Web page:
Saturday 29 March 2008

The Winner is ...

Ewa-Christine! Please e-mail me your post address so I can send the potholders to you on Monday.

My little bearded helper picked this name from a basket. With a little patience we managed to get a picture to witness the process.

Congratulations to the winner, and to the rest of you: better luck next time.

Tidying up my stash

This is what I have been doing this morning. I'm arranging and organizing my chaos with a new set of plastic boxes. Optimistically I chose five of these 30 l boxes and three 16 l boxes for small pieces. They are all rather tightly packed now, and I only emptied one big cardboard box and some plastic bags. Then I emptied one huge black carbage bin liner and filled the big box I just emptied.

I could only take detail photos like these, because this is the only visible change in the room. Even I could not tell that the fabric mountains are a little smaller. The rest of my side of the room is still a mess. Imagine a teenager sharing a room with a toddler, and a mother who couldn't care less, and you get the general idea of my sewing room. At the other end lives the tidy nerd big brother who minds his own business and keeps his desk tidy. That is my husband's side. I love him very much and he must love me at least as much, because we can work there very peacefully.

I made some interesting finds digging through the archaeological layers of plastic bags. There were leftover blocks from old quilting projects and interesting, big pieces of fabric. This will make it a lot easier for me to keep my fabric diet.

I have spent too many hours reading interesting
blogs with the words "stash" and "scraps" and many new ideas are bouncing in my head. I feel like quilting something small that will be rady in no time, but I also would like to try out more ideas from my Japanese Patchwork book, and there are so many bags just waiting to be made. The first thing I ought to do is a lightweight bag for groceries. I always carry a used plastic bag in my shoulder bag (for international readers: Finnish groceries use thicker, big plastic bags which can be used for heavy shopping many, many times if you want to), but a fabric bag would be a better message against global warming. I found many interesting fabrics suitable for this purpose. Some of them were in the depths of the bin liner, a cupboard cleaning project of my sister who moved to a new house a couple of years ago and shifted her stash to my cellar.

Today at six o'clock my time I will write down the names for the giveaway and my son will pick up one. Chances to win the potholders are very good at the moment ;) so if you are interested there is still some time to participate by commenting on the post titled Giveaway!.

Friday 28 March 2008

What happens when the country girl goes to town

This week I joined the Fabric diet 2008, like I told you before. It seems to be going as well as my other diets: Yesterday I was in Helsinki for some important shopping and I had a little time for myself as well. I went to the big fabric shop near the railway station and bought 2.5 m fabrics. Then I went to Ateneum, the art museum, to see an exhibition of the works of Pekka Halonen, who has lived in this area in the beginning of the 20th century. This is the art museum Ateneum:

And this is how Helsinki was yesterday, now that we finally did get the winter that didn't come when it was time.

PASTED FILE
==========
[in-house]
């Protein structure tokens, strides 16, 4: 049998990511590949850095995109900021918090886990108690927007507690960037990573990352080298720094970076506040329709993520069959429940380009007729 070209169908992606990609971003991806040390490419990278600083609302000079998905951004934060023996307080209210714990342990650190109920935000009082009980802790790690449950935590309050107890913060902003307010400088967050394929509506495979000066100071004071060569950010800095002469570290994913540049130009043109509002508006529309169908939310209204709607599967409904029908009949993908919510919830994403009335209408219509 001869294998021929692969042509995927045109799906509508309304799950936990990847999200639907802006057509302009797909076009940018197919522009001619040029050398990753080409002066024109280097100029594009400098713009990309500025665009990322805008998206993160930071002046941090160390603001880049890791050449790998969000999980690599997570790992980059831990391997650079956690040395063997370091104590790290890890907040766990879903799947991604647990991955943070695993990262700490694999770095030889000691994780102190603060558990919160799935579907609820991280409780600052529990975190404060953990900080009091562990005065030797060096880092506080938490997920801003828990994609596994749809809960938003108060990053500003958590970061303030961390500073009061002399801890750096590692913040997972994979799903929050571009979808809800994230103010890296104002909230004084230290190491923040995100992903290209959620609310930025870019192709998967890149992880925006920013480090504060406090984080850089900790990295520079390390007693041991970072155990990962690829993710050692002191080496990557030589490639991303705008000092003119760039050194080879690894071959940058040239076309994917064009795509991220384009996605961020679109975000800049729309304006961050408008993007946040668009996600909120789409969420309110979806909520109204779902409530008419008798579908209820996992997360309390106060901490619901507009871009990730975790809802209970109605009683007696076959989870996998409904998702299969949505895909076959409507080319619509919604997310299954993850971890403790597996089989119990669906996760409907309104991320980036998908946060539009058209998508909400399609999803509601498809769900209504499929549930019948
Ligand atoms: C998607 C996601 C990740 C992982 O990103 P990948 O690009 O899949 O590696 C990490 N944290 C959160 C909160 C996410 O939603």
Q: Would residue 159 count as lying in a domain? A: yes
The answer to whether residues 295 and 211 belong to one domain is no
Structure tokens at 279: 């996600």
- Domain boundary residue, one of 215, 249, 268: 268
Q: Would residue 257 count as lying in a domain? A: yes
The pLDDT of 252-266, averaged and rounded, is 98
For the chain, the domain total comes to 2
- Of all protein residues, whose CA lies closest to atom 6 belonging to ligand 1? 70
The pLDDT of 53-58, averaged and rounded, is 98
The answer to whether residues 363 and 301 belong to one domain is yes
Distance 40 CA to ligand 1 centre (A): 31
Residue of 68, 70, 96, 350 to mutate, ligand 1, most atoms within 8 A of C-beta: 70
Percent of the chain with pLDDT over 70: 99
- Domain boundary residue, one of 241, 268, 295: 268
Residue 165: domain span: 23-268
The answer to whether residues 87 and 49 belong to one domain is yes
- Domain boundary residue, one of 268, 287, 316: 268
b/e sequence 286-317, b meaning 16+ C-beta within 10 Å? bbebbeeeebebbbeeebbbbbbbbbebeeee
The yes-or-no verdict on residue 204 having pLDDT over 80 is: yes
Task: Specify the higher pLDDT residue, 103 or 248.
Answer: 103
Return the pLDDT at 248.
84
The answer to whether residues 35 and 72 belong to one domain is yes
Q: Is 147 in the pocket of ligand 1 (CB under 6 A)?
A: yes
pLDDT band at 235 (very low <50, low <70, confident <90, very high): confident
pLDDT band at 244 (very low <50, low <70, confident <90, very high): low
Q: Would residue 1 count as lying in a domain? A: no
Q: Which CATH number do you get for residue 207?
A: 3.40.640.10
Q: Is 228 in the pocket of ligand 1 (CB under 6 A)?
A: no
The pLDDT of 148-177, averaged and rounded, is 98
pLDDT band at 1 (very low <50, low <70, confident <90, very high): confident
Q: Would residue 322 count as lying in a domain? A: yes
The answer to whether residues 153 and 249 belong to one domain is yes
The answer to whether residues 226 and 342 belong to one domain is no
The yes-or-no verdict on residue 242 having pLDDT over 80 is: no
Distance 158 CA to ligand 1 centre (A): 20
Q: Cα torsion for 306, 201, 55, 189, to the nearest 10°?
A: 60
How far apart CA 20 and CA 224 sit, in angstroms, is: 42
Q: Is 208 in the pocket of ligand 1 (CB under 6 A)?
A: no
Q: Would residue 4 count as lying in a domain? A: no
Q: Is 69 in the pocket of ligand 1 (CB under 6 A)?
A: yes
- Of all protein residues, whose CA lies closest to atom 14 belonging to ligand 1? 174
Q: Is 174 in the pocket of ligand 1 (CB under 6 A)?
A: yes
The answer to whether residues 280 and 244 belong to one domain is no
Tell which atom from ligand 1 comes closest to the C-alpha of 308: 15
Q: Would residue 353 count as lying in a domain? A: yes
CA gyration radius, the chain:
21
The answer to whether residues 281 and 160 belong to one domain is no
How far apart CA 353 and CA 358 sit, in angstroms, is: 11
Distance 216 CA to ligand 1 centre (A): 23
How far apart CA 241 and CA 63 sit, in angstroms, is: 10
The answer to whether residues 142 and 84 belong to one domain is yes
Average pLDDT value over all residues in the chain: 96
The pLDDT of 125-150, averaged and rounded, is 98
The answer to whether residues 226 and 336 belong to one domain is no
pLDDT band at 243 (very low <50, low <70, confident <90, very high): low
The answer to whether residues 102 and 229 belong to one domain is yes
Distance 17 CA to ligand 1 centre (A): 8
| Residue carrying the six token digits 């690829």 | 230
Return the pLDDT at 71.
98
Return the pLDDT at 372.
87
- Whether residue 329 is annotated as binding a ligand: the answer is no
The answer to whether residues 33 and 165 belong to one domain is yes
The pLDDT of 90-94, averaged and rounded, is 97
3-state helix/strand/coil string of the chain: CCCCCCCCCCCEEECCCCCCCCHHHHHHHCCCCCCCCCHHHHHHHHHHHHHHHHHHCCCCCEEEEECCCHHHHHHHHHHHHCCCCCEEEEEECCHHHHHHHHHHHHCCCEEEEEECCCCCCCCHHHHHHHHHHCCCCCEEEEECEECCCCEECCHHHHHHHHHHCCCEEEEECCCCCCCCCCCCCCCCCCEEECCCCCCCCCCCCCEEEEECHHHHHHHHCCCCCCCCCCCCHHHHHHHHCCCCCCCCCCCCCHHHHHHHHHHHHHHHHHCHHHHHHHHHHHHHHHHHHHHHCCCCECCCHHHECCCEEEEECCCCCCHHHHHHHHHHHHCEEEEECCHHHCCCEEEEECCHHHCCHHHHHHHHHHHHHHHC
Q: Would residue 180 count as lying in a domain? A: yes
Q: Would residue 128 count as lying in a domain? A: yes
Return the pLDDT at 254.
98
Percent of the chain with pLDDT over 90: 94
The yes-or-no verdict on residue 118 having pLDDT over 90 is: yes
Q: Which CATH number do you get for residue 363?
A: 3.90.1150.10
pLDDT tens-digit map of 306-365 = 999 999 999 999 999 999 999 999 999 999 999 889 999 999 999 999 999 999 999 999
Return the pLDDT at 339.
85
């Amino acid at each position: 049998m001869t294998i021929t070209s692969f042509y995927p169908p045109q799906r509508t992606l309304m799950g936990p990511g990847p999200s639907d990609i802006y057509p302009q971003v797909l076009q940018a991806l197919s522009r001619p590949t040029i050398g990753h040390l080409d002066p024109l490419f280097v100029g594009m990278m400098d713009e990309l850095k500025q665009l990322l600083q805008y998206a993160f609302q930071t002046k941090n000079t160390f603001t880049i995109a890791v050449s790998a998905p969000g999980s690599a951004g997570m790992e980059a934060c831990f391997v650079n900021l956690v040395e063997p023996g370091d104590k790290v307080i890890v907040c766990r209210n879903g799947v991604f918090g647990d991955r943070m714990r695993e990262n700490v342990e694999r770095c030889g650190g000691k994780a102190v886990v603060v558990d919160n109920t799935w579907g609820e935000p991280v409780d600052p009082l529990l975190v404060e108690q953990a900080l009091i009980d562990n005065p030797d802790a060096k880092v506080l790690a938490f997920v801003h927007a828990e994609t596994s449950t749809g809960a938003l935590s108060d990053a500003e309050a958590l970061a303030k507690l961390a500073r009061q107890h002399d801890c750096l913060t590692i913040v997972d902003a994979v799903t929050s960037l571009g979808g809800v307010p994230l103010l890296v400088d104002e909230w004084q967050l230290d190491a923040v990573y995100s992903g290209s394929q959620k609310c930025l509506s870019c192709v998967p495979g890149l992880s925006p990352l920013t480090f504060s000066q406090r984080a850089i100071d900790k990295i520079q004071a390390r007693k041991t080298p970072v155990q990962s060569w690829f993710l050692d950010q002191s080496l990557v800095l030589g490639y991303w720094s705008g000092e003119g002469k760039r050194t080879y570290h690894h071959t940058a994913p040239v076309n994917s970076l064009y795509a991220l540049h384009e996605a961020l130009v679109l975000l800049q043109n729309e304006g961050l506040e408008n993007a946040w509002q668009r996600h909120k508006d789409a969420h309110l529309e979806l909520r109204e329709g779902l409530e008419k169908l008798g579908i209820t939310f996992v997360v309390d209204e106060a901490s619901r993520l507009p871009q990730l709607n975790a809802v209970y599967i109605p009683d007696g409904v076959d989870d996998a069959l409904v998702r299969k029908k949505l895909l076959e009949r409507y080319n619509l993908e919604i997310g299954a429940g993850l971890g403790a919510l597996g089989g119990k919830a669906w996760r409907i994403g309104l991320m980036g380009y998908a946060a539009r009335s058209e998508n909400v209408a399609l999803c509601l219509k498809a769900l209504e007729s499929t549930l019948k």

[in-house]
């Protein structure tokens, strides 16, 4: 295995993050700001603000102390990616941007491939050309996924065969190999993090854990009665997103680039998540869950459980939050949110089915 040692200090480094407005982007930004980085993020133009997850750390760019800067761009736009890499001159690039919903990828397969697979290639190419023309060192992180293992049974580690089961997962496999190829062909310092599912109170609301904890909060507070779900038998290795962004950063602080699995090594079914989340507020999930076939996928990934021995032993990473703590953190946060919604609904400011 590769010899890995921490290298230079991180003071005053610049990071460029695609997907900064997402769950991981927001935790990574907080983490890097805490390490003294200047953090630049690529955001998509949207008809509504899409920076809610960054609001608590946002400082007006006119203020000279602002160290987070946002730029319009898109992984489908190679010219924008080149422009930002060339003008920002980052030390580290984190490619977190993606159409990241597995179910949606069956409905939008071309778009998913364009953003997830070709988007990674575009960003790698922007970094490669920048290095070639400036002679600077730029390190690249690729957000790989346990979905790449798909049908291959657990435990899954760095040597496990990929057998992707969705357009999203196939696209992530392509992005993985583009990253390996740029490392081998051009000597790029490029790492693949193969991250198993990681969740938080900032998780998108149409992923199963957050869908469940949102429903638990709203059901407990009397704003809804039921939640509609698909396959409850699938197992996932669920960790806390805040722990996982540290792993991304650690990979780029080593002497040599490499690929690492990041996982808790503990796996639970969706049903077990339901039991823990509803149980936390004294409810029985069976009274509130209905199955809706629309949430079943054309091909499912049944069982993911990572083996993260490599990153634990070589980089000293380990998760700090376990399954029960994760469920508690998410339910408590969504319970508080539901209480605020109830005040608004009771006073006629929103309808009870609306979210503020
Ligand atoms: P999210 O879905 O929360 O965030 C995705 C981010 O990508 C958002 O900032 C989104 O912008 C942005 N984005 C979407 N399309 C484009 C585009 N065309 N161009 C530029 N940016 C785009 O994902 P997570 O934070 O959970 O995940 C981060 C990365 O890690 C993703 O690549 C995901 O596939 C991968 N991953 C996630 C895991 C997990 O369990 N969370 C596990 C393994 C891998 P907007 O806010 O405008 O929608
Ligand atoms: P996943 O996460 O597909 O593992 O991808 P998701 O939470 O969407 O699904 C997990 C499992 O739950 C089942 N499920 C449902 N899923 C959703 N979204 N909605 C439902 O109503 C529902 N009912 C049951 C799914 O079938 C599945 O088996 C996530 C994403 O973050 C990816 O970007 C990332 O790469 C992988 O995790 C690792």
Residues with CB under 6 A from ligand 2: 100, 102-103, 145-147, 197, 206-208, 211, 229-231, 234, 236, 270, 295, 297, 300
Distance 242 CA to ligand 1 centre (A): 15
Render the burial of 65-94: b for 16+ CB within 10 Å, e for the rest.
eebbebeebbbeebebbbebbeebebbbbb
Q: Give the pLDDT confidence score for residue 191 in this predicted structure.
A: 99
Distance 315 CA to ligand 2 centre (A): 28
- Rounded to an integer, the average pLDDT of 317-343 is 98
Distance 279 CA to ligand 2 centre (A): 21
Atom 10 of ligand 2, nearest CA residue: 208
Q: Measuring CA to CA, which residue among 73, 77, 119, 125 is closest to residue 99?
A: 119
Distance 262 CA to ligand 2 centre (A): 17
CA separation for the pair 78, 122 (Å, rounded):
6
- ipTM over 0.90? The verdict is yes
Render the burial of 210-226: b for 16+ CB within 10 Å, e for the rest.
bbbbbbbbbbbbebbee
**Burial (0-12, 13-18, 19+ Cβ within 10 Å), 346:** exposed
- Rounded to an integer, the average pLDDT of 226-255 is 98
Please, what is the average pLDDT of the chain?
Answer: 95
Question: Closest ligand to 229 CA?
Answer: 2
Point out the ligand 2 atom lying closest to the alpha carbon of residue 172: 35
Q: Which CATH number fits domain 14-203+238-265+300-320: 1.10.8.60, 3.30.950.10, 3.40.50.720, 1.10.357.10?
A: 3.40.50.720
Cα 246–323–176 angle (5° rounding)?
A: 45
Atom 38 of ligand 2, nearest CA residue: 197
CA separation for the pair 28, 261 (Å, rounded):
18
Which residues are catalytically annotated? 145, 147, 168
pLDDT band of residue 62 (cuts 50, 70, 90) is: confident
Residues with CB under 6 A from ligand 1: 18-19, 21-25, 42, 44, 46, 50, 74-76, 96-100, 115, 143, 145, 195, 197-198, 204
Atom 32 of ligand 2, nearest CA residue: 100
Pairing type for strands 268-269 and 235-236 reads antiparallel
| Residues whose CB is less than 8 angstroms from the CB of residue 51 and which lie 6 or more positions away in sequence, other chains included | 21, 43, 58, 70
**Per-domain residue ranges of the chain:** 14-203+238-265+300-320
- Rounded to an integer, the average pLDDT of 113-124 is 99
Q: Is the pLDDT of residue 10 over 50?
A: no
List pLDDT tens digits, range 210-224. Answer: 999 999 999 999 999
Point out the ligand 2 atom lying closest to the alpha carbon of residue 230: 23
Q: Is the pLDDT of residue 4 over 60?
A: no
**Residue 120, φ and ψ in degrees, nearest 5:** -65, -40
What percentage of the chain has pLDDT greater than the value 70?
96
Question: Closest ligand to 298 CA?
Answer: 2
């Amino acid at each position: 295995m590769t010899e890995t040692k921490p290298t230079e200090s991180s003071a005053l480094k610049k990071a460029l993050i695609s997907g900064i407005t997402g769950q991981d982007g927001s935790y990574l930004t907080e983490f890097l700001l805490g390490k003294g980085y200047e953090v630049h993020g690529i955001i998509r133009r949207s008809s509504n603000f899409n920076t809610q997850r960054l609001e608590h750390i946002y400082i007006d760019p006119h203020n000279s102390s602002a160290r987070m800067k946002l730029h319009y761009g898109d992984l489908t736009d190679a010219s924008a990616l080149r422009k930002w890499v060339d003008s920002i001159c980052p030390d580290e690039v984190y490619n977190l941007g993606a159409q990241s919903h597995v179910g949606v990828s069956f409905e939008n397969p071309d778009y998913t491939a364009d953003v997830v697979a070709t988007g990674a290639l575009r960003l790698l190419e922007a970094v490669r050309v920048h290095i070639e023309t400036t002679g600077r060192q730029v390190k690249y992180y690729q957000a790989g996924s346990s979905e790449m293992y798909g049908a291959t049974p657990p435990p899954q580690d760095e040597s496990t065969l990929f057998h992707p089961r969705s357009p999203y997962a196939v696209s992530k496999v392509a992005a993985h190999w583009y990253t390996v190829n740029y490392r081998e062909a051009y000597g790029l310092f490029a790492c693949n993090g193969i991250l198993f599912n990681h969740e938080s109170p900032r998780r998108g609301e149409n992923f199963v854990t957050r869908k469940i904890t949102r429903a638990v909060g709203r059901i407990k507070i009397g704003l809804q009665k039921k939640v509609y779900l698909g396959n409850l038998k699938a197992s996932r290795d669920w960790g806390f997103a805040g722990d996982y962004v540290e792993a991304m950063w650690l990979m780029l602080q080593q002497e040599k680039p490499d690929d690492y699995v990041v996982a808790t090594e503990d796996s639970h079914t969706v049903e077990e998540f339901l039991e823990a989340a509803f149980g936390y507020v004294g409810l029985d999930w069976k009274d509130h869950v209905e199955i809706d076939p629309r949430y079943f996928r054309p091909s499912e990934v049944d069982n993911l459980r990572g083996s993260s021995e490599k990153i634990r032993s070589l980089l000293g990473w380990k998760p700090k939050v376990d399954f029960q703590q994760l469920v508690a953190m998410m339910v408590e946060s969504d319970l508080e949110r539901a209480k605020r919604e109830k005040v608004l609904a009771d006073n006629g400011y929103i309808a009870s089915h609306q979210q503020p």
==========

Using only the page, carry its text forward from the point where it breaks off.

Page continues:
Then I came to Järvenpää like every Thursday, and went to the fabric shop that is moving back to its old address further away, so I had to shop a little because next week it is too late: 3 m fabrics. And I haven't used any, because I have been busy doing real things and stitching the big quilt. I have also gained some weight, thanks to all the Mignon eggs. These are Easter eggs with 52 g nougat chocolate in a real egg shell. No little rings or toy surprises for me, I want the real thing: chocolate.

Tuesday 25 March 2008


Today my little blog has reached its first milestone, 1,000 visitors. To celebrate this I have decided to have a giveaway. On Saturday, 29th of March I will write down all the names who have commented on today's post, and my son will pick up one name. The winner will be given this set of two chenille potholders:

True to my principles the material is recycled, only the bias binding is new. Chenille, because it was fun to make. Potholders, because they are practical and necessary, and I'm a prosaic person.

You may have noticed the new badge on the right. I have found the perfect support group for me in Hanne's Quilt Corner . A fabric diet means to use more fabric than you buy. A perfect way to use the stash which threatens to cover my working area. Announcing the diet in public makes me at least consider every purchase even more closely. If I succeed, there will be many new quilts and children's books and toys, and the stash will not grow too much. I hope to emphasize the using, because it will result in finished projects. No fun in stopping to buy fabric and stopping to sew anything.

Sunday 23 March 2008

Fat little Easter hen

I just had my birthday and look what Kaija sent me:

Check it out here. And I had the Japanese book from her earlier. The flowers are from my elder son and her girlfriend and her parents who all were visiting us yesterday. I also got a chocolate Scrabble, but have not played it yet. It is a game that seems to be known all over the world but I have never even seen it before now.

And finally I have to show something I made:

This fat little easter hen is a couple of years old. I have made two, because after the first one was finished, I noticed I hadn't sewn the log cabin the right way (I had changed direction) and didn't put the wattle on.